Preparing for your Viva

Introduction

Once you have submitted your work to the examiners you will have a period of about three or four months before your viva examination takes place. This might seem like a daunting time of endless waiting, but there is actually quite a lot you can do to prepare for your exam. Here are our top tips for helping you to prepare.

 

Frame of mind

Firstly, don't panic. For the past three years or more you have been discussing, presenting and defending your research via discussion groups, staff/graduate seminars, conferences and so on. You know your work. The purpose of the viva is to show the examiners what you know; it isn't about trying to catch you out. Practice staying calm - if it all starts to go wrong on the day, getting angry with yourself or anyone else isn't going to help. Find ways to refocus so that you can regroup if it comes to it.

 

Re-read your work

Sometimes it can be hard to relook at something we have already submitted for fear of spotting a mistake. But re-reading your thesis is important. If you do spot any errors, make a note of them so that you are prepared to discuss these with the examiners. If you think there is a weakness in your work, then write down the ways you would address this and how you want to take your work forward. Now that you are finished, try to think of your work as a springboard for your future research projects and be prepared to discuss these with the examination team. And remember to be proud of what you have written and the work you have done to get this far. Look for the originality in your work and how you have contributed to knowledge in your field.

 

Developments in your field

Use the time between submission and the exam to keep up-to-date with developments in your field of research and ensure that you read any recent publications. If you can, attend any relevant conferences or seminars. The examiners are going to use the viva to explore how your work fits in with current academic thinking and that includes anything that has recently been published.

 

The examiners

Who and what an examiner is interested in will often determine the types of questions they might ask. It makes sense therefore to know a bit about them before you meet them in the viva. Research your examiners, read some of their work and think about where their expertise lies. Your supervisor can help you focus on any area of your work that might be of particular interest to the examiners. Also, see if you can find out about an examiner's approach - not all examiners will question you in the same way, so knowing their style might help you to keep your focus.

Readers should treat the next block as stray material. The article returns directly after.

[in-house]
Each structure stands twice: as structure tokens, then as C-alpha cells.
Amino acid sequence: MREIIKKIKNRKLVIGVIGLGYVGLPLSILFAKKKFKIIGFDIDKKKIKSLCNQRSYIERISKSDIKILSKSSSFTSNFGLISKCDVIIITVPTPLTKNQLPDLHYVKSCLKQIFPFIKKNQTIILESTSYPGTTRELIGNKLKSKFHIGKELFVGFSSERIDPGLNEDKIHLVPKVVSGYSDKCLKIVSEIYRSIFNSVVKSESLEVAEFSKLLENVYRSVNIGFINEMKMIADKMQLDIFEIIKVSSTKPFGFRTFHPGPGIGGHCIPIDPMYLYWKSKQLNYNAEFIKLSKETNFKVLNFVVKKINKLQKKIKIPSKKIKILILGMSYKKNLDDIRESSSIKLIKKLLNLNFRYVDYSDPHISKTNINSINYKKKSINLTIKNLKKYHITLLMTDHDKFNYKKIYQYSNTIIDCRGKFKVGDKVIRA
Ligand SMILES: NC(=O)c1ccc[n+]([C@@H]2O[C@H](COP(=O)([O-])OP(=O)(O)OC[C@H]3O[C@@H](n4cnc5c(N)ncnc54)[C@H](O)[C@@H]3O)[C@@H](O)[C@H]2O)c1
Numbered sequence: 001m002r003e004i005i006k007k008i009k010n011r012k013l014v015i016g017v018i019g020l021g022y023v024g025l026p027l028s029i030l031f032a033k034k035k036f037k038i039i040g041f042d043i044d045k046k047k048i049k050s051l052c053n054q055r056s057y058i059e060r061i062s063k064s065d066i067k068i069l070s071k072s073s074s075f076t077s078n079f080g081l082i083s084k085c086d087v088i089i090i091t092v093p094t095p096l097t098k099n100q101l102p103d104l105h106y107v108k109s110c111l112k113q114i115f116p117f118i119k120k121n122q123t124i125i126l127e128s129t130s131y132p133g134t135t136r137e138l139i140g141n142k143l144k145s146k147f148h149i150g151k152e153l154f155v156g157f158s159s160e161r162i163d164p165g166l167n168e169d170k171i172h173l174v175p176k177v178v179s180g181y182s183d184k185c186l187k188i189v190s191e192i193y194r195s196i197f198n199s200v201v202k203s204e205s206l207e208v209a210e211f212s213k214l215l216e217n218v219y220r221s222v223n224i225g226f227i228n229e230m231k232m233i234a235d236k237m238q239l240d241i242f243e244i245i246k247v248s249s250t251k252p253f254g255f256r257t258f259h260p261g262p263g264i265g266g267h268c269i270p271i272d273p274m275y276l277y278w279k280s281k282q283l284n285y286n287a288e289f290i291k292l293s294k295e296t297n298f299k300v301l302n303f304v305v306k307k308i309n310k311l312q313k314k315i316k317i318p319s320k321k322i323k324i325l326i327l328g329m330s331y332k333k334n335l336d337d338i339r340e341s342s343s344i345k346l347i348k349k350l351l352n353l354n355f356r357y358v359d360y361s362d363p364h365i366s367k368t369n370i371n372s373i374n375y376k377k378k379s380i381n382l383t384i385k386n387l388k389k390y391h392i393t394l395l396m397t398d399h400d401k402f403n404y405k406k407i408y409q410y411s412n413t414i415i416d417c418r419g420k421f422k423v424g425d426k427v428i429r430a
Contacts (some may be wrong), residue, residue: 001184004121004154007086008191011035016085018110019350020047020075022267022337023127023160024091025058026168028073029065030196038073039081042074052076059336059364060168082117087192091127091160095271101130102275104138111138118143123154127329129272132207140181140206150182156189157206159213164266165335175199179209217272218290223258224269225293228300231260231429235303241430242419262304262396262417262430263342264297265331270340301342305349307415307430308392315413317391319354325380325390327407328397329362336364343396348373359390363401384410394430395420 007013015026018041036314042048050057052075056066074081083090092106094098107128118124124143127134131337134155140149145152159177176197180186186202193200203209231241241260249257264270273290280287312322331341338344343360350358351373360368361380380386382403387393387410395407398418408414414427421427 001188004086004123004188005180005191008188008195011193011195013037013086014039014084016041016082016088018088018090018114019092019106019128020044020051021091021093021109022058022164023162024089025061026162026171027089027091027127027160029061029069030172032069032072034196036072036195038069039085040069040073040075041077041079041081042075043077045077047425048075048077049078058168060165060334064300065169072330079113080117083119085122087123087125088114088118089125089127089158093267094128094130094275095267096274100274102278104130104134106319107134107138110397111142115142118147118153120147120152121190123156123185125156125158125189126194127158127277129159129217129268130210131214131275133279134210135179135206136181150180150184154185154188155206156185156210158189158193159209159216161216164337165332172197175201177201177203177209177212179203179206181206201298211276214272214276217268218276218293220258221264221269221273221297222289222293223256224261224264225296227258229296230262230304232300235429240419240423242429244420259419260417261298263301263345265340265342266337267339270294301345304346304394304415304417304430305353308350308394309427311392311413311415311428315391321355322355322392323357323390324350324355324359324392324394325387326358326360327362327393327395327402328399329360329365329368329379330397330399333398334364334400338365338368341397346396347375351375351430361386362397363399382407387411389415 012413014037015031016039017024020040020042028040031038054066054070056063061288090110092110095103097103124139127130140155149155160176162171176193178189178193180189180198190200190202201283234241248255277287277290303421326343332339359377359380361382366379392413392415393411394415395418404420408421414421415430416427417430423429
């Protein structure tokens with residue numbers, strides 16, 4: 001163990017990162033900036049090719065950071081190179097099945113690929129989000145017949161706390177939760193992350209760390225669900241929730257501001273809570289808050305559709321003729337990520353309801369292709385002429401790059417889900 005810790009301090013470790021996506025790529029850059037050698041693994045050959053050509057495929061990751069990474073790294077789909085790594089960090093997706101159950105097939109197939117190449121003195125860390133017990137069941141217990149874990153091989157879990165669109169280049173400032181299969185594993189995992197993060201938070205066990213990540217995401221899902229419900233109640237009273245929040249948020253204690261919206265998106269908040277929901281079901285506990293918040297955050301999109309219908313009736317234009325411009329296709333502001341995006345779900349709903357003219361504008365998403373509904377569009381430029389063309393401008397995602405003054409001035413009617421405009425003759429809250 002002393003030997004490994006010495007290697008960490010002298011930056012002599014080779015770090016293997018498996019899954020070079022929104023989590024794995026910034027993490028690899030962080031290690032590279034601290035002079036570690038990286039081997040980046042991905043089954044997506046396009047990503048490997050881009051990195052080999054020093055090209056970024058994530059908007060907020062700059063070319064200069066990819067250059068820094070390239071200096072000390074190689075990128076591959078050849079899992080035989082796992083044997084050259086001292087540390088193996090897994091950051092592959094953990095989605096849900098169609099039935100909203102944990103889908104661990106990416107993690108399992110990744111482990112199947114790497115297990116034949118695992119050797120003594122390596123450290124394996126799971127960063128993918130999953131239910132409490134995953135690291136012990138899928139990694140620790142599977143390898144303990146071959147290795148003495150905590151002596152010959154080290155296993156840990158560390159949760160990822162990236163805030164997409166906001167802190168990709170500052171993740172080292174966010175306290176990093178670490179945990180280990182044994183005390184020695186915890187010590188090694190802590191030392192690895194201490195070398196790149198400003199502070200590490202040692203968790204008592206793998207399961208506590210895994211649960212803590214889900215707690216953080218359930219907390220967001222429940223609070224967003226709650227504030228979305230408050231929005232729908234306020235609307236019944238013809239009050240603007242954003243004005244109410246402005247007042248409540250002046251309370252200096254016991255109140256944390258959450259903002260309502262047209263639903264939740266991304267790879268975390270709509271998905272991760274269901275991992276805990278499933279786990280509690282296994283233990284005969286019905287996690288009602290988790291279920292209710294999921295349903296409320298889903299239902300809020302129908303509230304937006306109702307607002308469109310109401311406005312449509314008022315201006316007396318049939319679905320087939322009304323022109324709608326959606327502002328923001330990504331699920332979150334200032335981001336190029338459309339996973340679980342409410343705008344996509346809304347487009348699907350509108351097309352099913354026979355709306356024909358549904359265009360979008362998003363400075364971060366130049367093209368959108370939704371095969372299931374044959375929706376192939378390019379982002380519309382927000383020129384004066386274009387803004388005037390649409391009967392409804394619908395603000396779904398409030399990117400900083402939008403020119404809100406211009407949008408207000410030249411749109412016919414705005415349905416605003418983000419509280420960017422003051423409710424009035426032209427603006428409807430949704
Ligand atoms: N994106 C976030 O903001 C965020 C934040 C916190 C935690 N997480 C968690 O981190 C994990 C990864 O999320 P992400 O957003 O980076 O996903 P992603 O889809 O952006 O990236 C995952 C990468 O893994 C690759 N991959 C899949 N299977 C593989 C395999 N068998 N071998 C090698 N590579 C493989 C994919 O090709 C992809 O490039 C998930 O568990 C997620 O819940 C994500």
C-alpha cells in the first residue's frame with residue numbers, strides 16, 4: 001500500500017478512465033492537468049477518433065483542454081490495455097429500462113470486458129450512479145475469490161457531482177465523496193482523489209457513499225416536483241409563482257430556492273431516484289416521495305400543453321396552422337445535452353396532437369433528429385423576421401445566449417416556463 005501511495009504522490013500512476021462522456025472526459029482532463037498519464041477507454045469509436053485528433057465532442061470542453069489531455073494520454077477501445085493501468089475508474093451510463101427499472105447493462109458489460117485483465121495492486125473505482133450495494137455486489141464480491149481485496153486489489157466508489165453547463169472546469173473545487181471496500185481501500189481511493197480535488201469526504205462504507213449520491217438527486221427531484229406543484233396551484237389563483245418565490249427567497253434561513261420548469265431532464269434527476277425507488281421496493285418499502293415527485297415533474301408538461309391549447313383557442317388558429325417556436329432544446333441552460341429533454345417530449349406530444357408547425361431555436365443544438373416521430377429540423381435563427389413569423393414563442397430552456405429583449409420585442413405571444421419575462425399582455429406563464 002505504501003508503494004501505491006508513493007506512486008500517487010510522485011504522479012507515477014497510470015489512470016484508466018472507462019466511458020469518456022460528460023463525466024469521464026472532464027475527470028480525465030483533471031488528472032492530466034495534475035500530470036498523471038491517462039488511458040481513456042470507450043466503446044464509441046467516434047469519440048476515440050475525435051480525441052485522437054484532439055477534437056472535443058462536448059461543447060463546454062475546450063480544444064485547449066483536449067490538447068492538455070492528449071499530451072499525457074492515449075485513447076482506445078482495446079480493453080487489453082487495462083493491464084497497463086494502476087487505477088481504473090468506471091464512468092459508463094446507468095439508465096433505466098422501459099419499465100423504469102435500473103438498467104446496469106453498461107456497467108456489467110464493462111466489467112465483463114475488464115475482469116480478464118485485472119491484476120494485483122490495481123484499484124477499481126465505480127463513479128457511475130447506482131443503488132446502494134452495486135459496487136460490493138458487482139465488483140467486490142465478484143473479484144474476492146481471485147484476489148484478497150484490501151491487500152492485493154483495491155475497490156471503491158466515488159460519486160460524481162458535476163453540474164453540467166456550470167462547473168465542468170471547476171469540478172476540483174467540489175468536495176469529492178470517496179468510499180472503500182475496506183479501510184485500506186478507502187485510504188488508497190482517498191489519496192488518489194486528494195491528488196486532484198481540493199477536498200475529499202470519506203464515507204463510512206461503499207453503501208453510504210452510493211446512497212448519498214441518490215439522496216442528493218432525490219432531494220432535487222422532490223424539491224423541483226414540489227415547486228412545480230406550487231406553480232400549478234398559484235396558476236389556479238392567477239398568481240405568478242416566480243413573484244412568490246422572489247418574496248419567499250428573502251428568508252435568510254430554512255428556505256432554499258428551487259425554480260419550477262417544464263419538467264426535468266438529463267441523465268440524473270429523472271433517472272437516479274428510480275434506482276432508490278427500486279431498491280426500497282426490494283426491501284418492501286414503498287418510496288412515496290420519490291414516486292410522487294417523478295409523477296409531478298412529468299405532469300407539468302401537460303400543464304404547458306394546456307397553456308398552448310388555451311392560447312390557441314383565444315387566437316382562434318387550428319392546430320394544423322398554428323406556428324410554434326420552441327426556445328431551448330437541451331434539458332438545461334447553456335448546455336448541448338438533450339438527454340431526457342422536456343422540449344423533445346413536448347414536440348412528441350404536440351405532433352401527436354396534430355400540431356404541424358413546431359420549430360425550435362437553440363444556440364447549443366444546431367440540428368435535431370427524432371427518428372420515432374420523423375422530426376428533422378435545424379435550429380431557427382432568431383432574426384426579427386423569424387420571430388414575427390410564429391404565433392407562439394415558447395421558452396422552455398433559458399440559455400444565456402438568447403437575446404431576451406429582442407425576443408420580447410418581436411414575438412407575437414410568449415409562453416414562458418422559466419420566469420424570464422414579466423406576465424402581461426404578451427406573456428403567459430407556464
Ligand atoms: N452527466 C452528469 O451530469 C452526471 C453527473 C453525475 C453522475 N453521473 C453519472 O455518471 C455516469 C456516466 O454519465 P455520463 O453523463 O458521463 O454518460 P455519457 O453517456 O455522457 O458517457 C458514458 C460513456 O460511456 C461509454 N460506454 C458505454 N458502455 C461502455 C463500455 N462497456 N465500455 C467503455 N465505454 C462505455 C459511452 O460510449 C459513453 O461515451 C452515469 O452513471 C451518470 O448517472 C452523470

Practice answering questions

Think about the sort of questions the examination team might ask and try to develop a way of answering them. At its most basic level, the viva is there to consider what your research is about, what you did, what your findings were and what impact it has made. The exact questions that will be asked can never be guaranteed, but there are some obvious things that the examiners will want to know.

General

  • How and why you chose this research question
  • How your ideas have developed
  • What areas of your research you may have enjoyed the most
  • Whether you changed as a researcher during the process

Research context

  • Who may have influenced you and how
  • What areas may have influenced you less and why
  • What developments have occured in your field since you began your thesis and how this may have changed the course of your work
  • Any areas of your research field that you have chosen not to focus on

Your methodology

  • What research method you used and how you developed it
  • The scope and limits of your data collection
  • Whether there were any problems with the data collection process
  • The ethical issues you faced and how these were dealt with

Analysis

  • What method of analysis you used and the problems you may have encountered
  • Whether the data you collected answered your research question

Your outcomes and findings

  • What your findings were
  • How you interpret your findings
  • What you think makes your research original
  • Whether you have had any issues with your findings
  • Ways in which you would like to develop on your research
  • How others might use or develop your research

 

The length of your answers

You will need to be able to answer questions both in summary and in depth. Keep testing yourself by practicing how to summarise your main arguments, your research outcomes, explaining why you chose the approach that you did and what your methodology was. Then work on longer answers.

 

Seek help

Keep in contact with your supervisory team and don't be afraid to ask them questions. There are also lots of resources and guidance to support you in preparing for your viva on the Researcher Environment Bright Space page

 

Mock vivas

You can also consider arranging a ‘mock’ viva so that you can practice all of the above – talk to your supervisor about this.